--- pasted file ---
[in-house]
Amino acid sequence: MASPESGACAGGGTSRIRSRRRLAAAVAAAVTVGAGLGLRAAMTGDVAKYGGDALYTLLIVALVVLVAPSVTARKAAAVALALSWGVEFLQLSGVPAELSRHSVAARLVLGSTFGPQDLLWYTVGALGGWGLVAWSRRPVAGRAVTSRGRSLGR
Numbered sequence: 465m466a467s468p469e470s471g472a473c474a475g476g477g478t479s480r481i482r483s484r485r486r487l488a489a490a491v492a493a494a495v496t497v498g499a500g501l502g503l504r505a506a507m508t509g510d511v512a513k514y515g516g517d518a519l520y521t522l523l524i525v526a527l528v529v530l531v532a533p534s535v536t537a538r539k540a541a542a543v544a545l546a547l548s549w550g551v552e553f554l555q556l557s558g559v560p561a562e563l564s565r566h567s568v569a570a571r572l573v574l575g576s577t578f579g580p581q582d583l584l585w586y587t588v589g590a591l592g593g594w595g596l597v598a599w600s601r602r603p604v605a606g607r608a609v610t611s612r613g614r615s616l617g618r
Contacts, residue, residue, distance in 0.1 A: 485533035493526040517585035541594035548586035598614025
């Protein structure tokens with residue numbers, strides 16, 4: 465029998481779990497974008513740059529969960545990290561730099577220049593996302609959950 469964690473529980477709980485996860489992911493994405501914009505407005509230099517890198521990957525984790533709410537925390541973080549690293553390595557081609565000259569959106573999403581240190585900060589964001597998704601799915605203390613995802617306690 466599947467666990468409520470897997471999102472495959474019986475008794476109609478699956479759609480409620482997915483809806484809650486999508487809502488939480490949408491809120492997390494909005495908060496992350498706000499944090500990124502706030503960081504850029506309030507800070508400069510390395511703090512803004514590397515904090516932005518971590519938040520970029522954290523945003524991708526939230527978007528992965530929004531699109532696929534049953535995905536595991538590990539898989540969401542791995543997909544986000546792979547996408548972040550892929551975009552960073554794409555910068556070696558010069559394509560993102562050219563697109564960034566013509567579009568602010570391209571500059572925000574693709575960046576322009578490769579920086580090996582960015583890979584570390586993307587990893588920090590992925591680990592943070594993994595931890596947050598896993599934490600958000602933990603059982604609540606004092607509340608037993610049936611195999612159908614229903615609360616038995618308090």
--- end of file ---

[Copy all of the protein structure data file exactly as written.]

[in-house]
Amino acid sequence: MASPESGACAGGGTSRIRSRRRLAAAVAAAVTVGAGLGLRAAMTGDVAKYGGDALYTLLIVALVVLVAPSVTARKAAAVALALSWGVEFLQLSGVPAELSRHSVAARLVLGSTFGPQDLLWYTVGALGGWGLVAWSRRPVAGRAVTSRGRSLGR
Numbered sequence: 465m466a467s468p469e470s471g472a473c474a475g476g477g478t479s480r481i482r483s484r485r486r487l488a489a490a491v492a493a494a495v496t497v498g499a500g501l502g503l504r505a506a507m508t509g510d511v512a513k514y515g516g517d518a519l520y521t522l523l524i525v526a527l528v529v530l531v532a533p534s535v536t537a538r539k540a541a542a543v544a545l546a547l548s549w550g551v552e553f554l555q556l557s558g559v560p561a562e563l564s565r566h567s568v569a570a571r572l573v574l575g576s577t578f579g580p581q582d583l584l585w586y587t588v589g590a591l592g593g594w595g596l597v598a599w600s601r602r603p604v605a606g607r608a609v610t611s612r613g614r615s616l617g618r
Contacts, residue, residue, distance in 0.1 A: 485533035493526040517585035541594035548586035598614025
């Protein structure tokens with residue numbers, strides 16, 4: 465029998481779990497974008513740059529969960545990290561730099577220049593996302609959950 469964690473529980477709980485996860489992911493994405501914009505407005509230099517890198521990957525984790533709410537925390541973080549690293553390595557081609565000259569959106573999403581240190585900060589964001597998704601799915605203390613995802617306690 466599947467666990468409520470897997471999102472495959474019986475008794476109609478699956479759609480409620482997915483809806484809650486999508487809502488939480490949408491809120492997390494909005495908060496992350498706000499944090500990124502706030503960081504850029506309030507800070508400069510390395511703090512803004514590397515904090516932005518971590519938040520970029522954290523945003524991708526939230527978007528992965530929004531699109532696929534049953535995905536595991538590990539898989540969401542791995543997909544986000546792979547996408548972040550892929551975009552960073554794409555910068556070696558010069559394509560993102562050219563697109564960034566013509567579009568602010570391209571500059572925000574693709575960046576322009578490769579920086580090996582960015583890979584570390586993307587990893588920090590992925591680990592943070594993994595931890596947050598896993599934490600958000602933990603059982604609540606004092607509340608037993610049936611195999612159908614229903615609360616038995618308090």